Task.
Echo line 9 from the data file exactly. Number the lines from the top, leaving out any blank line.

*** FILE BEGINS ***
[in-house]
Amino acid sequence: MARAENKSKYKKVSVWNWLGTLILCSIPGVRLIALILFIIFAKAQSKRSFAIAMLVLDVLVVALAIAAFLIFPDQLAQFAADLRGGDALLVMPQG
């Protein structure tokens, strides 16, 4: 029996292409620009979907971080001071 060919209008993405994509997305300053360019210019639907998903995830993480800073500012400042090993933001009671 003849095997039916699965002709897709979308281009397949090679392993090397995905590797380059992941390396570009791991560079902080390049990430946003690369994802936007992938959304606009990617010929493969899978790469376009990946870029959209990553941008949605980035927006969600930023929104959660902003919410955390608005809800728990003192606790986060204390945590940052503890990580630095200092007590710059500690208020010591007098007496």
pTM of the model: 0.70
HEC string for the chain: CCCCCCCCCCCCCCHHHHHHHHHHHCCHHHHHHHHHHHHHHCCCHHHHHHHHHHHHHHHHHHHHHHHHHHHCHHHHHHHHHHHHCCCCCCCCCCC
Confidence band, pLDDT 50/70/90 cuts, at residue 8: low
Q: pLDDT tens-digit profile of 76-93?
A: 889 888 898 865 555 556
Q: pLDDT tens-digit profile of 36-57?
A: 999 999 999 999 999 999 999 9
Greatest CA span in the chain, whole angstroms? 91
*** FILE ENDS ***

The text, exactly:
Q: pLDDT tens-digit profile of 36-57?